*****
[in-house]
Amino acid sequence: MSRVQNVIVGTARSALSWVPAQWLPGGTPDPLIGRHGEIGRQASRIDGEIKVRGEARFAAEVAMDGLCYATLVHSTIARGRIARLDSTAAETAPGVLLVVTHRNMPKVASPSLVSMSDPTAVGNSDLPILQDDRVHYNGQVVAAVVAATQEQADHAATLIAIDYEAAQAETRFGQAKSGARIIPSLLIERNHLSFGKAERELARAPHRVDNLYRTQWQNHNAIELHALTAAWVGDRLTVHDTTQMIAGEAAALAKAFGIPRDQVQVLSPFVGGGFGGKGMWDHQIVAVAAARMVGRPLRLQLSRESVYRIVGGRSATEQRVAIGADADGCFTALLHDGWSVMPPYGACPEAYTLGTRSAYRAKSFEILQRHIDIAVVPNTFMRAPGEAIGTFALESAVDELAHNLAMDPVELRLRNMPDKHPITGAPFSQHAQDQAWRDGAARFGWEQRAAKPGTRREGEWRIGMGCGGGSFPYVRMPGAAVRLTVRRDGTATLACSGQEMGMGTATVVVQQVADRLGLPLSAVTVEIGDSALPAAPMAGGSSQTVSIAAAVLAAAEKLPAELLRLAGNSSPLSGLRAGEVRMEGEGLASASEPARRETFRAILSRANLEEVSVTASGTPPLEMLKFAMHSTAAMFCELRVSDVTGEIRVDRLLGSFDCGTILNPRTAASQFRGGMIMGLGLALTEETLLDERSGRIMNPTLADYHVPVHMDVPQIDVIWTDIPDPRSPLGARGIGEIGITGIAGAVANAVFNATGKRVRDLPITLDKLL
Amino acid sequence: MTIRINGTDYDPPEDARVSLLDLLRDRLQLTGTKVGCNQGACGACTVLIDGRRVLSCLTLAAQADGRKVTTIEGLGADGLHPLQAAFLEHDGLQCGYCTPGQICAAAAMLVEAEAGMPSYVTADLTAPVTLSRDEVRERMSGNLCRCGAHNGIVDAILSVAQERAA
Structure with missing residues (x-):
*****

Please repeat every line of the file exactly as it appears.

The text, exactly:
[in-house]
Amino acid sequence: MSRVQNVIVGTARSALSWVPAQWLPGGTPDPLIGRHGEIGRQASRIDGEIKVRGEARFAAEVAMDGLCYATLVHSTIARGRIARLDSTAAETAPGVLLVVTHRNMPKVASPSLVSMSDPTAVGNSDLPILQDDRVHYNGQVVAAVVAATQEQADHAATLIAIDYEAAQAETRFGQAKSGARIIPSLLIERNHLSFGKAERELARAPHRVDNLYRTQWQNHNAIELHALTAAWVGDRLTVHDTTQMIAGEAAALAKAFGIPRDQVQVLSPFVGGGFGGKGMWDHQIVAVAAARMVGRPLRLQLSRESVYRIVGGRSATEQRVAIGADADGCFTALLHDGWSVMPPYGACPEAYTLGTRSAYRAKSFEILQRHIDIAVVPNTFMRAPGEAIGTFALESAVDELAHNLAMDPVELRLRNMPDKHPITGAPFSQHAQDQAWRDGAARFGWEQRAAKPGTRREGEWRIGMGCGGGSFPYVRMPGAAVRLTVRRDGTATLACSGQEMGMGTATVVVQQVADRLGLPLSAVTVEIGDSALPAAPMAGGSSQTVSIAAAVLAAAEKLPAELLRLAGNSSPLSGLRAGEVRMEGEGLASASEPARRETFRAILSRANLEEVSVTASGTPPLEMLKFAMHSTAAMFCELRVSDVTGEIRVDRLLGSFDCGTILNPRTAASQFRGGMIMGLGLALTEETLLDERSGRIMNPTLADYHVPVHMDVPQIDVIWTDIPDPRSPLGARGIGEIGITGIAGAVANAVFNATGKRVRDLPITLDKLL
Amino acid sequence: MTIRINGTDYDPPEDARVSLLDLLRDRLQLTGTKVGCNQGACGACTVLIDGRRVLSCLTLAAQADGRKVTTIEGLGADGLHPLQAAFLEHDGLQCGYCTPGQICAAAAMLVEAEAGMPSYVTADLTAPVTLSRDEVRERMSGNLCRCGAHNGIVDAILSVAQERAA
Structure with missing residues (x-):